Purpose Statements and Preparation

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Determine Your Purpose, Topic, and Thesis

General Purpose

Your speeches will usually fall into one of three categories. In some cases we speak to inform, meaning we attempt to teach our audience using factual objective evidence. In other cases, we speak to persuade, as we try to influence an audience’s beliefs, attitudes, values, or behaviors. Last, we may speak to entertain or amuse our audience. In summary, the general purpose of your speech will be to inform, to persuade, or to entertain.

You can see various topics that may fit into the three general purposes for speaking as shown in the table below. Some of the topics listed could fall into another general purpose category depending on how the speaker approached the topic, or they could contain elements of more than one general purpose. For example, you may have to inform your audience about your topic in one main point before you can persuade them, or you may include some entertaining elements in an informative or persuasive speech to help make the content more engaging for the audience. There should not be elements of persuasion included in an informative speech, however, since persuading is contrary to the objective approach that defines an informative general purpose. In any case, while there may be some overlap between general purposes, most speeches can be placed into one of the categories based on the overall content of the speech.

Table: General Purposes and Speech Topics
To Inform To Persuade To Entertain
Civil rights movement Gun control Comedic monologue
Renewable energy Privacy rights My craziest adventure
Reality television Prison reform A “roast”

Specific Purpose

Once you have brainstormed, narrowed, and chosen your topic, you can begin to draft your specific purpose statement. Your specific purpose is a one-sentence statement that includes the objective you want to accomplish in your speech. You do not speak aloud your specific purpose during your speech; you use it to guide your researching, organizing, and writing. A good specific purpose statement is audience centered, agrees with the general purpose, addresses one main idea, and is realistic.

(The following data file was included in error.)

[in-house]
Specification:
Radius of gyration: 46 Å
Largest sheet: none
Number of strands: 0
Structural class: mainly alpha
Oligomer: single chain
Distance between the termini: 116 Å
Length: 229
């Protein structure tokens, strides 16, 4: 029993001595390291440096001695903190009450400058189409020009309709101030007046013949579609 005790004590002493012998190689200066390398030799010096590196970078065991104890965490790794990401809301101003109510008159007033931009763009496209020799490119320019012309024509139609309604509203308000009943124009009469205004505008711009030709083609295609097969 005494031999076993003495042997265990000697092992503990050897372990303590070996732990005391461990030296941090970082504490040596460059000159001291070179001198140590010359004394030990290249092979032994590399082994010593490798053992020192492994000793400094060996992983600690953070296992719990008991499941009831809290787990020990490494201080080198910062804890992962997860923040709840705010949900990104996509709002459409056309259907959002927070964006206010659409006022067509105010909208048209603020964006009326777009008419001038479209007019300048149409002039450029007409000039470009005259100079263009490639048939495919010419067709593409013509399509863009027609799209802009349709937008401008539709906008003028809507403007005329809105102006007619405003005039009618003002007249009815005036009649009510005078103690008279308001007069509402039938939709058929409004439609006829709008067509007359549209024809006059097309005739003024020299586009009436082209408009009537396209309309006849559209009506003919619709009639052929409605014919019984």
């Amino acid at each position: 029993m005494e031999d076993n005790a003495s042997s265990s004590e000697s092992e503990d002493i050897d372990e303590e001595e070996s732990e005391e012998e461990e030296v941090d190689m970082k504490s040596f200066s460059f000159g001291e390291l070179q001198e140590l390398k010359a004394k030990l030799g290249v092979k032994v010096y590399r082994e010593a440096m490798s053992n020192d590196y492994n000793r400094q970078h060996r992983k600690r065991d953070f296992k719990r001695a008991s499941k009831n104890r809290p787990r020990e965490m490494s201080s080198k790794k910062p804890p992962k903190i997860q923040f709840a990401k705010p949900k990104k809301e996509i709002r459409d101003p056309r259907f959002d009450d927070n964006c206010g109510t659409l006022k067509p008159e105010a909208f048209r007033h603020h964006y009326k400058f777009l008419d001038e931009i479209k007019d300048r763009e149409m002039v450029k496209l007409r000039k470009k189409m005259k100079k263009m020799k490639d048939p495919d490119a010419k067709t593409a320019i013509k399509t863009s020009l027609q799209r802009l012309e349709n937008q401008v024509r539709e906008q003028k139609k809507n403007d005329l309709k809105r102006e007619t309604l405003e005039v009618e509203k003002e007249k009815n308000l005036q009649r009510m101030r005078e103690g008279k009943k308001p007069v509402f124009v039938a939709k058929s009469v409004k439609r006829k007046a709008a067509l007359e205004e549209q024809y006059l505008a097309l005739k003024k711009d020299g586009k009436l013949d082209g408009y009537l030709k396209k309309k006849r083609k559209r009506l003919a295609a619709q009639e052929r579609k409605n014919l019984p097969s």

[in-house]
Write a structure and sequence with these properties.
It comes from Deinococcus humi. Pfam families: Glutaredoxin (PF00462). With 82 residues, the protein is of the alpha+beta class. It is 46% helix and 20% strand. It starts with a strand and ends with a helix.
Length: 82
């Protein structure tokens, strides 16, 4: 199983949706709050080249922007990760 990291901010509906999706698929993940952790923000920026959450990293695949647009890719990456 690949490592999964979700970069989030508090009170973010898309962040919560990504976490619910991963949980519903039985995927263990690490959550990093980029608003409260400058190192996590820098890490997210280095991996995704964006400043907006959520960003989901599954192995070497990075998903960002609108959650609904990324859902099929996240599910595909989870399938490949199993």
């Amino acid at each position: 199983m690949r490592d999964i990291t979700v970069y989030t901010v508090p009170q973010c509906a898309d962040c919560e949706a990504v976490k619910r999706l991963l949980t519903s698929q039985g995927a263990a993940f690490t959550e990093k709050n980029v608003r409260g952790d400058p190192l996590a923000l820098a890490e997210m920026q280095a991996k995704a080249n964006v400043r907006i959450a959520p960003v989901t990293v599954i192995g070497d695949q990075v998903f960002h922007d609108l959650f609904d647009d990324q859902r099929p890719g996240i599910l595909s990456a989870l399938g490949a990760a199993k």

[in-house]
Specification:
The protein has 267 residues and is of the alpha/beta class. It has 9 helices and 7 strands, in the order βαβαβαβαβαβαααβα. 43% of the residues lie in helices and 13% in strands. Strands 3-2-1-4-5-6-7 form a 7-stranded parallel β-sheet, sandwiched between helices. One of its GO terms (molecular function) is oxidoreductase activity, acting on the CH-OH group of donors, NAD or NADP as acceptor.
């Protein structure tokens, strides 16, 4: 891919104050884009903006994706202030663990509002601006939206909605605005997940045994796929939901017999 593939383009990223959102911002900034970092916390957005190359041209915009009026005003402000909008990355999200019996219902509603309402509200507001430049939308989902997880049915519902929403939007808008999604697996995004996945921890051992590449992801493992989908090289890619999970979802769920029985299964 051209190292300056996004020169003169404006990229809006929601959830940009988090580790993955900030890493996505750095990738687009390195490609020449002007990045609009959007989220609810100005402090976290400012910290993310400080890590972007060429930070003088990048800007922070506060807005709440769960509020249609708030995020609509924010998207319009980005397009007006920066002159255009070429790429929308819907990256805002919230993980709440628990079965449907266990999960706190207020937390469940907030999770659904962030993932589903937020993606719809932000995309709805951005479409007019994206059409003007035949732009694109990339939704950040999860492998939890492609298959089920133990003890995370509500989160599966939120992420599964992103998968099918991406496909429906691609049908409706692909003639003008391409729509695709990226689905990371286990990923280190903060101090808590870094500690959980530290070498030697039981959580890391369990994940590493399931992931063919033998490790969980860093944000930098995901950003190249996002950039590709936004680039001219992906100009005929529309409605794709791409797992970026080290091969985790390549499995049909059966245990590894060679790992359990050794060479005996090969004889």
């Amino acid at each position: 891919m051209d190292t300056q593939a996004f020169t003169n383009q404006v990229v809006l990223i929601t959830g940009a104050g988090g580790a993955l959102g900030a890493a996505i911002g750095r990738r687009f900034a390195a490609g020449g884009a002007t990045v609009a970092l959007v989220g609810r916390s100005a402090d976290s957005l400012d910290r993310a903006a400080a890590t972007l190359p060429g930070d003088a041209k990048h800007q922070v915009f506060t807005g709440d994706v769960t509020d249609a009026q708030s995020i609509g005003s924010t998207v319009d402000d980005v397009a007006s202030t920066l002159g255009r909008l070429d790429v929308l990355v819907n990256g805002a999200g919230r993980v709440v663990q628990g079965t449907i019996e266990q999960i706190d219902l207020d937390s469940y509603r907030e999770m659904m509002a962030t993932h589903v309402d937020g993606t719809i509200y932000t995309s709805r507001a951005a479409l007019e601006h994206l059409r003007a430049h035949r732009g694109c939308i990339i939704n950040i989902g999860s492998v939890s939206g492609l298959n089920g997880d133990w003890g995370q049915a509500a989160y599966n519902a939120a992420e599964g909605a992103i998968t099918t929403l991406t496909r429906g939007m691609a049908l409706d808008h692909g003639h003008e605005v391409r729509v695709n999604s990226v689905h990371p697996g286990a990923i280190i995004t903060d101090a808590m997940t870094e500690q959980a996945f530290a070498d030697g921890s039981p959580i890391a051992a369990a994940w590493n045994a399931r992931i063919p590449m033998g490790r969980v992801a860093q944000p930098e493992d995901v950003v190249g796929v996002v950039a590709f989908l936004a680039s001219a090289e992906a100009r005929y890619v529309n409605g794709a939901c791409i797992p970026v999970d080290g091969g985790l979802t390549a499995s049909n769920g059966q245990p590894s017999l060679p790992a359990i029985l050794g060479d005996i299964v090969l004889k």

An audience-centered specific purpose statement usually contains an explicit reference to the audience—for example, “my audience” or “the audience.” Since a speaker may want to see if he or she effectively met his or her specific purpose, the objective should be written in such a way that it could be measured or assessed, and since a speaker actually wants to achieve his or her speech goal, the specific purpose should also be realistic. You won’t be able to teach the audience a foreign language or persuade an atheist to Christianity in a six- to nine-minute speech. The following is a good example of a good specific purpose statement for an informative speech: “By the end of my speech, the audience will be better informed about the effects the green movement has had on schools.” The statement is audience centered and matches with the general purpose by stating, “the audience will be better informed.” The speaker could also test this specific purpose by asking the audience to write down, at the end of the speech, three effects the green movement has had on schools.

Thesis Statement